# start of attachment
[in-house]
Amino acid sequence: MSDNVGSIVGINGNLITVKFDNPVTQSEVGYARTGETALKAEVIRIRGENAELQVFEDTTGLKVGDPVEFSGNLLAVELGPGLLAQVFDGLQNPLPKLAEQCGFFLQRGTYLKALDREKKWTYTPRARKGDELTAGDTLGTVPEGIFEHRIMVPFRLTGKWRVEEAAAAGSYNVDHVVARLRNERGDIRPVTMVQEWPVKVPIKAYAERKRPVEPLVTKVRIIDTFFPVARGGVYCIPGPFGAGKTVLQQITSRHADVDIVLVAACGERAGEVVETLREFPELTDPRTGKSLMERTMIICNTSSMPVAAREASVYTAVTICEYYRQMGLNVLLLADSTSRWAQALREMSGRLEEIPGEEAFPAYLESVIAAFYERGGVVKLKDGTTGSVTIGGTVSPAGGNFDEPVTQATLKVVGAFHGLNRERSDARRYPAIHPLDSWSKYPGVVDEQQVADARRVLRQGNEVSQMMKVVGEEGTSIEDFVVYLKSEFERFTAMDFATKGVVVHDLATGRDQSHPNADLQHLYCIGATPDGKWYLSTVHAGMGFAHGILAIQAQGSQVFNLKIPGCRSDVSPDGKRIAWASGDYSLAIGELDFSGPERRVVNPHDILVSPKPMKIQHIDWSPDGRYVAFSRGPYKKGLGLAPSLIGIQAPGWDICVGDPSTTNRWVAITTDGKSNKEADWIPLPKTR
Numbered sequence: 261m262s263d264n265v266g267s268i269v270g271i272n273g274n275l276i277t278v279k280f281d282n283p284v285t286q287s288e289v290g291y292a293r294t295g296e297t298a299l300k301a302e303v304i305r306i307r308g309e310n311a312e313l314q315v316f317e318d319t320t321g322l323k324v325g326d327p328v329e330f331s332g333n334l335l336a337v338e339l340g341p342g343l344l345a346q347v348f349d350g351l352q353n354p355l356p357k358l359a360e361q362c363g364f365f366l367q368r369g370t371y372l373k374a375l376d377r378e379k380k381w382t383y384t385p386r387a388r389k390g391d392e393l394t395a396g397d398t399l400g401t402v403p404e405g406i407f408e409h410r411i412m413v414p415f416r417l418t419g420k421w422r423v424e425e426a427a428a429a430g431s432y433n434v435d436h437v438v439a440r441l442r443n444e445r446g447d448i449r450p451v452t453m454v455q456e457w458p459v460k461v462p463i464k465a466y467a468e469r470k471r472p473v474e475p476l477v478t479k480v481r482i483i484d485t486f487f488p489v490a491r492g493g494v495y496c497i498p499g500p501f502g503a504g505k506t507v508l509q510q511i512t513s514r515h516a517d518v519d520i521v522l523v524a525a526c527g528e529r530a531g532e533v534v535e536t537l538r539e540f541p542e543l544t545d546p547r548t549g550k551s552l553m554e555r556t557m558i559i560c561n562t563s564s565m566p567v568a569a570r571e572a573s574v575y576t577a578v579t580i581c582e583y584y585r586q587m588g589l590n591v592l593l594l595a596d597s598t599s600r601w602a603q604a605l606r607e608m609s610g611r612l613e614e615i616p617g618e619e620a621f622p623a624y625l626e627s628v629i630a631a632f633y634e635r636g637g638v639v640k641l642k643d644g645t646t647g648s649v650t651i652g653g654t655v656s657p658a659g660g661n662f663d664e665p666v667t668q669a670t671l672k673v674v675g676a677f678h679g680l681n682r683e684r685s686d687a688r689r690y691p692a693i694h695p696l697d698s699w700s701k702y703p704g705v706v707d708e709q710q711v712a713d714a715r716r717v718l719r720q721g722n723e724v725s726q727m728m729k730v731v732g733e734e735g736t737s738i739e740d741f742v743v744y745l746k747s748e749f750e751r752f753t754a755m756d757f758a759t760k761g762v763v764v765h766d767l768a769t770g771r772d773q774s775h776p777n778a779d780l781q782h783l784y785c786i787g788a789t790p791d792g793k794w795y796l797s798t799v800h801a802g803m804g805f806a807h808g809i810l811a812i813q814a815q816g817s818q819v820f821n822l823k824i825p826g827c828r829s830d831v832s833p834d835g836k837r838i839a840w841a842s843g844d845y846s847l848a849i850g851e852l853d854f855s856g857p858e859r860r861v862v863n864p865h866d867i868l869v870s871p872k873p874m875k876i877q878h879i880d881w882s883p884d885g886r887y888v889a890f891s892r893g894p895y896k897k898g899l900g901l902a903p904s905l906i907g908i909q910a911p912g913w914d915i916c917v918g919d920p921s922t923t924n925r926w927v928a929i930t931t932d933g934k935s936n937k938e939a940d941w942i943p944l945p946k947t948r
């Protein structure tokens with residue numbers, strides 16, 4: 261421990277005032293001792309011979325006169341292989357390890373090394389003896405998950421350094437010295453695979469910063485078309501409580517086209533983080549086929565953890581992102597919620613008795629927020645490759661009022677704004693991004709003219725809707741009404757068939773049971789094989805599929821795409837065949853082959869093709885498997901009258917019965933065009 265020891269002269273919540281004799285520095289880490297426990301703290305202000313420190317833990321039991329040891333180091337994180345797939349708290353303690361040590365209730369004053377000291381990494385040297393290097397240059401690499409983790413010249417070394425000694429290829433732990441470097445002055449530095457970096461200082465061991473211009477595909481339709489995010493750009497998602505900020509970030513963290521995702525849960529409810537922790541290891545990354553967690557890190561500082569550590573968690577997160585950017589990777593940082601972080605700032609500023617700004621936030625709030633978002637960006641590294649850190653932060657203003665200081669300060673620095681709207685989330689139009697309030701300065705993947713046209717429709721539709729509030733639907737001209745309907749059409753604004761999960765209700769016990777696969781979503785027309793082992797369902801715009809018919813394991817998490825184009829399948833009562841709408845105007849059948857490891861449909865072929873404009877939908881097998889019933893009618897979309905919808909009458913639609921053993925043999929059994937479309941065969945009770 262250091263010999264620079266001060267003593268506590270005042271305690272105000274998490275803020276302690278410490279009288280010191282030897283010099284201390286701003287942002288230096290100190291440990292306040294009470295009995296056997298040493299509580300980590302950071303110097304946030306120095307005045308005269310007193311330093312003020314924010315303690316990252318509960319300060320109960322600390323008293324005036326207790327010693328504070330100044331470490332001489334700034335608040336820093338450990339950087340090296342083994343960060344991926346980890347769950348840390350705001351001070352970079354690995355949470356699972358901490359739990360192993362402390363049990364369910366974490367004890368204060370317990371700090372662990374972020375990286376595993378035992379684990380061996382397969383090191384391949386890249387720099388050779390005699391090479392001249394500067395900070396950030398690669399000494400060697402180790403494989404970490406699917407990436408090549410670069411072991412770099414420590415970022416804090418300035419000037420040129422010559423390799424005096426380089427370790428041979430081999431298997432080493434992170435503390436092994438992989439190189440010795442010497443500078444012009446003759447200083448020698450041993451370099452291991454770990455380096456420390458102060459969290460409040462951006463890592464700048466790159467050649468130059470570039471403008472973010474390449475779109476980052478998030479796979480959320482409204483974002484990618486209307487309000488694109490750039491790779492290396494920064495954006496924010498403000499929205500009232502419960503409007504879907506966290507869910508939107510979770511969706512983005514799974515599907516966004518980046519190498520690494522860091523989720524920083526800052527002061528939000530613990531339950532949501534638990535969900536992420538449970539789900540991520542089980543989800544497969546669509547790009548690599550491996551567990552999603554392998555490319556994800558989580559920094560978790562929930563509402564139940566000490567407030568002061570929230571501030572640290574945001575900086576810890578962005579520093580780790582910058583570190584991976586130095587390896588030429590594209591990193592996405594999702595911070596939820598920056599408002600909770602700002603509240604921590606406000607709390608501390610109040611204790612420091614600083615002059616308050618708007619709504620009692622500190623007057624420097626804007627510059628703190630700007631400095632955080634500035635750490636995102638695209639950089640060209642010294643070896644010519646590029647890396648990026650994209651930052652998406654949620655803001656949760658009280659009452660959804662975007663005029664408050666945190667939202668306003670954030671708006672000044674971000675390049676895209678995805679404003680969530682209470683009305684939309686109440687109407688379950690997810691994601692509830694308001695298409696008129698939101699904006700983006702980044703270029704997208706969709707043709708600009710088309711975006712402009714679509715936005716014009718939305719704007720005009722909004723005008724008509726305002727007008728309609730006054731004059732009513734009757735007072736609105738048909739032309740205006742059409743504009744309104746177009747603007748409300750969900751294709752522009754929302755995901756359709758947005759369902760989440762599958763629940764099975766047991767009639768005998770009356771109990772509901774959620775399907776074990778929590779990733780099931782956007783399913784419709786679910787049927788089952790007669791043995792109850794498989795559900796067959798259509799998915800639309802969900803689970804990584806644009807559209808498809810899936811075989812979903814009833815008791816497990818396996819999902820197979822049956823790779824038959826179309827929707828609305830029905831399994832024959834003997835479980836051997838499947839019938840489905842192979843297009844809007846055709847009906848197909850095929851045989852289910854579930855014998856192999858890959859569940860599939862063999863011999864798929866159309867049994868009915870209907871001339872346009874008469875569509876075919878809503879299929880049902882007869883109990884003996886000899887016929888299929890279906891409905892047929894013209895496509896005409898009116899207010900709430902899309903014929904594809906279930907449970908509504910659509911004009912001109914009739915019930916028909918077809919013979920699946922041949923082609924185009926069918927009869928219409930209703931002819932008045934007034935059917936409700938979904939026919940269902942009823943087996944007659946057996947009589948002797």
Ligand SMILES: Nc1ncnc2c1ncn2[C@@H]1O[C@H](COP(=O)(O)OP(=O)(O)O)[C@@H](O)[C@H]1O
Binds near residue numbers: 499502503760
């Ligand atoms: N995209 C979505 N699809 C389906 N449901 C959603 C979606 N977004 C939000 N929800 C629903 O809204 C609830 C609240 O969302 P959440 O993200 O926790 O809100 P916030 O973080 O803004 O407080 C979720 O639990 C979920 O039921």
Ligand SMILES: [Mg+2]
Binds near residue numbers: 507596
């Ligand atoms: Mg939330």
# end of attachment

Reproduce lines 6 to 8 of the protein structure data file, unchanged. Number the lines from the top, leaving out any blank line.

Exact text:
Binds near residue numbers: 499502503760
């Ligand atoms: N995209 C979505 N699809 C389906 N449901 C959603 C979606 N977004 C939000 N929800 C629903 O809204 C609830 C609240 O969302 P959440 O993200 O926790 O809100 P916030 O973080 O803004 O407080 C979720 O639990 C979920 O039921």
Ligand SMILES: [Mg+2]